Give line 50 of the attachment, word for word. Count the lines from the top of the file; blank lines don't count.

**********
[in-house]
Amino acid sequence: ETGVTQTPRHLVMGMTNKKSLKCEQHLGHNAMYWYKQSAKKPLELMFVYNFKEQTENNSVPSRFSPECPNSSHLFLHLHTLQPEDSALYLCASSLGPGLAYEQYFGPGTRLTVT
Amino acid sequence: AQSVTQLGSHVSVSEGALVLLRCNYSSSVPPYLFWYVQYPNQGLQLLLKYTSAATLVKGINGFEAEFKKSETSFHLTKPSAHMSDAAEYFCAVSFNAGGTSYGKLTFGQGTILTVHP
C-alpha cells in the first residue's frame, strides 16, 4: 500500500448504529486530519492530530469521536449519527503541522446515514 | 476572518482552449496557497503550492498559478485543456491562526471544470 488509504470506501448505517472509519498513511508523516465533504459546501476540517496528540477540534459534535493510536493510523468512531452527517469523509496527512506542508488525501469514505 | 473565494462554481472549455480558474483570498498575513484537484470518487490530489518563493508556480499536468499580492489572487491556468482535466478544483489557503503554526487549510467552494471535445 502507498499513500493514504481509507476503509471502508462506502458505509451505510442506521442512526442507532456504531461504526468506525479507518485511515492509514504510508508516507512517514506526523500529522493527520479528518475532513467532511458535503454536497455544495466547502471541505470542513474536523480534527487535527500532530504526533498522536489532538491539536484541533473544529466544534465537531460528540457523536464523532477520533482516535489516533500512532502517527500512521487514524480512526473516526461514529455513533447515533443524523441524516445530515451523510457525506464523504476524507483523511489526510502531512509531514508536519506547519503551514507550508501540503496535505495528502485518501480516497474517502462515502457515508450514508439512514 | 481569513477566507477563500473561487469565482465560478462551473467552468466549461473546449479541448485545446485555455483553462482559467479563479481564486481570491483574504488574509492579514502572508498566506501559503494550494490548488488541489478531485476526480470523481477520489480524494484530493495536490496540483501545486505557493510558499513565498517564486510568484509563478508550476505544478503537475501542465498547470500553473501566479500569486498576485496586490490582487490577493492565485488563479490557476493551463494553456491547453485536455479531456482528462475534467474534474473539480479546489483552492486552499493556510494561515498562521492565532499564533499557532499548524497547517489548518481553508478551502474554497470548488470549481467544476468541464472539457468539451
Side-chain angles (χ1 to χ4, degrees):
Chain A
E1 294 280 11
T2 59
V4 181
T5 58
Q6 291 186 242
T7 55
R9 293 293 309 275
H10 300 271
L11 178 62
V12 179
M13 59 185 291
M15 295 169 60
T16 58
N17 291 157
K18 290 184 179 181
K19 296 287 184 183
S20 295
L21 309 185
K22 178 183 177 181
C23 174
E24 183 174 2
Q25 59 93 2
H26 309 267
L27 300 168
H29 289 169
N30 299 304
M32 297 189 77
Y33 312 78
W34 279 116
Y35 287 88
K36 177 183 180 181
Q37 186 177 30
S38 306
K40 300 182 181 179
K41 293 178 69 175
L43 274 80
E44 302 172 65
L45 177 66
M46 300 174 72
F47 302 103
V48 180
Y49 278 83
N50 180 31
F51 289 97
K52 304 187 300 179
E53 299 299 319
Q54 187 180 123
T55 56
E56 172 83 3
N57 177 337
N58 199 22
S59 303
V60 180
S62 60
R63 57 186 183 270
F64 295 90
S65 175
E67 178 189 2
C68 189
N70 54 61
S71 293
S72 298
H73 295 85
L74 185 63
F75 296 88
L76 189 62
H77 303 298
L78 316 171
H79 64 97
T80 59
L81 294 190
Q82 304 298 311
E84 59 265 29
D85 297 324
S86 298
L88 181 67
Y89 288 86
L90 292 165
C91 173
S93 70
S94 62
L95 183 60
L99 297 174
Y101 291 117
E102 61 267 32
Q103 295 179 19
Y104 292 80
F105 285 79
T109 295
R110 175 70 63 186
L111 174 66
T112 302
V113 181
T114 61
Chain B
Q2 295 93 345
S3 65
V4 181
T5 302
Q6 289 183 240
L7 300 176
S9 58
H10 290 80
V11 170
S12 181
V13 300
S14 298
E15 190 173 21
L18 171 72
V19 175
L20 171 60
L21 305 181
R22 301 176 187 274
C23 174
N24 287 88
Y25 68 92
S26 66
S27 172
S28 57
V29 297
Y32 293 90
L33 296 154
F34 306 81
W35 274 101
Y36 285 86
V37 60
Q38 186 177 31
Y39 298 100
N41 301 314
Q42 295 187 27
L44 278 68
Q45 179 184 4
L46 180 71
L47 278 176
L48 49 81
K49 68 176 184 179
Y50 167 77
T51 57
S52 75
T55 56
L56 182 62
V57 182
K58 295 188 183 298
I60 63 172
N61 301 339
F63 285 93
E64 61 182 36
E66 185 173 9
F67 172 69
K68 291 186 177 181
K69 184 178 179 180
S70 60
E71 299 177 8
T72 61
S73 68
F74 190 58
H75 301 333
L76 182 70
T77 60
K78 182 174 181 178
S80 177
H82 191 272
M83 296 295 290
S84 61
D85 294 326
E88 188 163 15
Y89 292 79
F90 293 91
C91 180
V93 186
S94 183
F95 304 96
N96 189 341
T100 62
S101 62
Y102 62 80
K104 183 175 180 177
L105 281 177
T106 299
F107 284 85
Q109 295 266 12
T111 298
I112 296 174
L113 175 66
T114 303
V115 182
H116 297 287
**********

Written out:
F51 289 97